Vaudeville's famous Klondike Kate became a Central Oregon legend

central oregon's most fabulous homesteader ever.

Homesteader Kitty "Klondike Kate" Rockwell, retired from the bright lights of Vaudeville, often wore full costume just to weed the garden. Here's the story.


Offbeat Oregon History: Album cover art

Bridge-building scandal aroused fury of 1920s Portland

Crafty county commissioners tried to rig the bidding so their favorite bid, padded to the tune of half a million 1924 dollars, would win —but they didn't move quite fast enough. Three months later, they'd all been thrown out of office.

This photo spread appeared in the Morning Oregonian on Jan. 1, 1924,
introducing the three proposed bridge projects. Although the Ross Island
and Sellwood bridges ended up looking substantially different from these
sketches, the Burnside Bridge did not.

Early Portland was a relatively corruption-friendly town. But even the best of us have our limits, as three Multnomah County Commissioners learned the hard way in 1924.

In that year, the Portland area had a serious traffic congestion problem. The main source of the trouble was the Burnside Bridge, a swing-span setup that was at the time only 30 years old. However, it had deteriorated very badly, and was no longer considered safe. A new bridge was desperately needed.

Luckily, in 1922 the three-member Multnomah County Board of Commissioners had gotten voter approval to take out almost $5 million in bonds to build not one but three new bridges across the river. Relief was on the way: a replacement for the Burnside Bridge, plus brand new bridges that would become known as the Sellwood and Ross Island bridges.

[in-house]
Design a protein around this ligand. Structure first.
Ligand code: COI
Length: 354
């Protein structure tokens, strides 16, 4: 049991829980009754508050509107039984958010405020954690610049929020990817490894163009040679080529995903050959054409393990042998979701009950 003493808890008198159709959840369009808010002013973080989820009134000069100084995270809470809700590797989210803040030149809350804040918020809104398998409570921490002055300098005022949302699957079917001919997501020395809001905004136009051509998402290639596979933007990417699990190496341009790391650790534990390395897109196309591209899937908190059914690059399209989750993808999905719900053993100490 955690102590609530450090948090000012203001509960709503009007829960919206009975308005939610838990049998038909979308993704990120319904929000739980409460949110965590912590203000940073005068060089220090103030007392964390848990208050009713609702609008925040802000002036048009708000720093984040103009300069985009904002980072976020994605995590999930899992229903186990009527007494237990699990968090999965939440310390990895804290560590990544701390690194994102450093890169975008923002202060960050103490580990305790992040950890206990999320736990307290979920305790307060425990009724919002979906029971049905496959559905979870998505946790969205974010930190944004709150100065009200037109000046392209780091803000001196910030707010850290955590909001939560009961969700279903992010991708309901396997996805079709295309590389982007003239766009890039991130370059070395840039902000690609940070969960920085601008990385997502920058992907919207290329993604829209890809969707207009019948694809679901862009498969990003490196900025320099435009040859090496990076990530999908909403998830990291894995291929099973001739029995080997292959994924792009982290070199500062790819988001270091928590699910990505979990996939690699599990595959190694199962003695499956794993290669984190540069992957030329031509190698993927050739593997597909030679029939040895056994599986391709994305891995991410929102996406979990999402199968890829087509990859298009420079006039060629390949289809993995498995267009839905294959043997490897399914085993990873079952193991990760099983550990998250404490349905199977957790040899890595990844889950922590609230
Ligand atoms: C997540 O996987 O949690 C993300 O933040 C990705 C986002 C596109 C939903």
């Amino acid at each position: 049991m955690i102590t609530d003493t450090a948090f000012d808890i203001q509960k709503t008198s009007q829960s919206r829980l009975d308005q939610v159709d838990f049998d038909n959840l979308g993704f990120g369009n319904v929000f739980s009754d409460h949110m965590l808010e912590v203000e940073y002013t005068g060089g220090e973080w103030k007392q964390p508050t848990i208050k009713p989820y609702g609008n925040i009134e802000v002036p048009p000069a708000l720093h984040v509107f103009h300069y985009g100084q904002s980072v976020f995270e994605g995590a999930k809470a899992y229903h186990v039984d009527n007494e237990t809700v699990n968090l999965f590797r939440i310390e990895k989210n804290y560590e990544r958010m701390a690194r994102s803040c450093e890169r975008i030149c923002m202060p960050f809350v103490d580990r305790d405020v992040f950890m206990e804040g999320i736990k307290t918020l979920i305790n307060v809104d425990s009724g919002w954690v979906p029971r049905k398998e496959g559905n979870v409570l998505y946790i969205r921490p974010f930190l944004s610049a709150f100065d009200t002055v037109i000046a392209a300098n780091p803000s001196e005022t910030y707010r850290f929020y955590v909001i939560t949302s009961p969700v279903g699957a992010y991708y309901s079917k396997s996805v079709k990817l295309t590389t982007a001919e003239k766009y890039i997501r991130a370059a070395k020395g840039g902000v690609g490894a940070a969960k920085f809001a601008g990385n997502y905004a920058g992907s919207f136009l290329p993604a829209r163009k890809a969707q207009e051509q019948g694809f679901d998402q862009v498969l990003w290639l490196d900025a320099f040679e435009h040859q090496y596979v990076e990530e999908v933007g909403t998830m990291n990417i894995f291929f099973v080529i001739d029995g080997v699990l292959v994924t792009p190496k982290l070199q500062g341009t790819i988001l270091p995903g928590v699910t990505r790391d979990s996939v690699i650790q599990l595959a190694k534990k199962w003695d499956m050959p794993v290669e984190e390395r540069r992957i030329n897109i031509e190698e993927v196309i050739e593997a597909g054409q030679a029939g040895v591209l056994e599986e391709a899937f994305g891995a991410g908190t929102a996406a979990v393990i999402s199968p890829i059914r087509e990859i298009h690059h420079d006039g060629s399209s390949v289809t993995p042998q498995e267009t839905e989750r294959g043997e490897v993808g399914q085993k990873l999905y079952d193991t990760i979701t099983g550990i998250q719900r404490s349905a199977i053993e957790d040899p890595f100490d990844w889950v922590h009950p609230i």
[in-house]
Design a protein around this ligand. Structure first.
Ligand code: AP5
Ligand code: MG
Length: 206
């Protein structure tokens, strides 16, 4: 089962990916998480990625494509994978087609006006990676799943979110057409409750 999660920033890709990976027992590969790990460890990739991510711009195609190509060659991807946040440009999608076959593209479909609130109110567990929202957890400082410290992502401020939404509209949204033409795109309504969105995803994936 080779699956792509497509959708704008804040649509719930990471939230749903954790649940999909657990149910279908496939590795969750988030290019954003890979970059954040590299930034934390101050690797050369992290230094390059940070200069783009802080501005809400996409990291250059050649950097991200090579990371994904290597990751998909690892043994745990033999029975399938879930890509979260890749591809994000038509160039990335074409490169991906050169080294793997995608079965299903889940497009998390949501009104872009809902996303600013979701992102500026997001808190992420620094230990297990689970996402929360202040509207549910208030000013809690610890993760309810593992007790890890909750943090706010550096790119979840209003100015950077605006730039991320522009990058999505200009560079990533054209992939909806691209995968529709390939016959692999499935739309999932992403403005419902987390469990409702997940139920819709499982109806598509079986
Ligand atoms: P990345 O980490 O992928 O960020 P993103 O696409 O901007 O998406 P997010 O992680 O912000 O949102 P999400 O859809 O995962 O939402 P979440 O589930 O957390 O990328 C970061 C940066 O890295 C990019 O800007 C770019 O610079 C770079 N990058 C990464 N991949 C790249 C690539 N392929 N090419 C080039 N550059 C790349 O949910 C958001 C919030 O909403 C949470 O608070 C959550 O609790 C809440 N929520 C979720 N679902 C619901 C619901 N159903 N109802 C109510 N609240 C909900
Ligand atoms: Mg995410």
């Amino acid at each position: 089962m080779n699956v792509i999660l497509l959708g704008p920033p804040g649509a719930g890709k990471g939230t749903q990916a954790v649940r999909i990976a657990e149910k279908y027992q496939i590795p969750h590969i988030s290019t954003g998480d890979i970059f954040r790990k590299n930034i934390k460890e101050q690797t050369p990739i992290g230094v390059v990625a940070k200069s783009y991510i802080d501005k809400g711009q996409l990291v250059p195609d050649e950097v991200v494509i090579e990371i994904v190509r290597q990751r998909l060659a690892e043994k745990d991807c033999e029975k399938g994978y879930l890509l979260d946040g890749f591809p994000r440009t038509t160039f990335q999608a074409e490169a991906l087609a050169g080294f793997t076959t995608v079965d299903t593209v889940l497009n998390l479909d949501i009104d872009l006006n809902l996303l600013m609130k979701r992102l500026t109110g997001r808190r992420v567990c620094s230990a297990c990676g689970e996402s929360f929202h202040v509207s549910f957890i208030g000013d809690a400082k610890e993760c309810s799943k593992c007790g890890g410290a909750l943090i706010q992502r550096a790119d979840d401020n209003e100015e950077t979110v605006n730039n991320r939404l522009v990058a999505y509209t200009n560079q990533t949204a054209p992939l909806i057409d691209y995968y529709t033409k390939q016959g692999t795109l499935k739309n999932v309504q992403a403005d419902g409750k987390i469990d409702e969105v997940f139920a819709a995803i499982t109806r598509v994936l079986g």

This hand-tinted postcard, postmarked 1931, shows the newly built
Burnside Bridge drawn for shipping to pass through.

Finally, on April Fool’s Day of 1924, the Commissioners finally put the projects out for bids. Within the day, a very odd bid arrived from a consortium of contractors. They wanted to build all three bridges, and their bid was a package deal: All three bridge projects, or nothing.

The commissioners, who had until this point seemed to be in no special hurry, now sprang into action and moved with breathtaking speed. They pounced on the all-or-nothing bid, accepted it and slammed the door closed on the bidding process. The window had been open for less than 24 hours.

Unfortunately for them, they didn’t move quite fast enough. Another bidder managed to slip in during this tiny window of opportunity and submit a bid for the Burnside Bridge. And the interloper’s bid was a full half-million dollars cheaper than the all-or-nothing bidders had quoted for the Burnside Bridge part of theirs. The commissioners dismissed it breezily, noting that the all-or-nothing bidders had promised a bridge in 300 days, but the interloper’s cheaper bid specified 500, and Portland needed a new Burnside Bridge right away.

The Ross Island Bridge shortly after it was constructed,  viewed from the
west side of the river with Mount Hood in the distance. (Image: Portland
City Archives)

It’s not clear what the commissioners thought was going to happen as a result of this. After all, construction contractors who have major bids rejected for illegal reasons have a tendency to ask questions. But perhaps, knowing Portland’s long and storied history of graft and corruption in government, they assumed the disappointed contractor’s complaints would be brushed off as so much out-crowd whining.

If so, they were in for a big surprise.

It started the very next day with a comment from former Governor Oswald West, a widely respected political reformer who had been watching the situation closely. “Those who are putting over the deal are working fast,” he told an Oregon Journal reporter, “and unless something is done at once the taxpayers of the county and city are going to get a wonderful trimming.”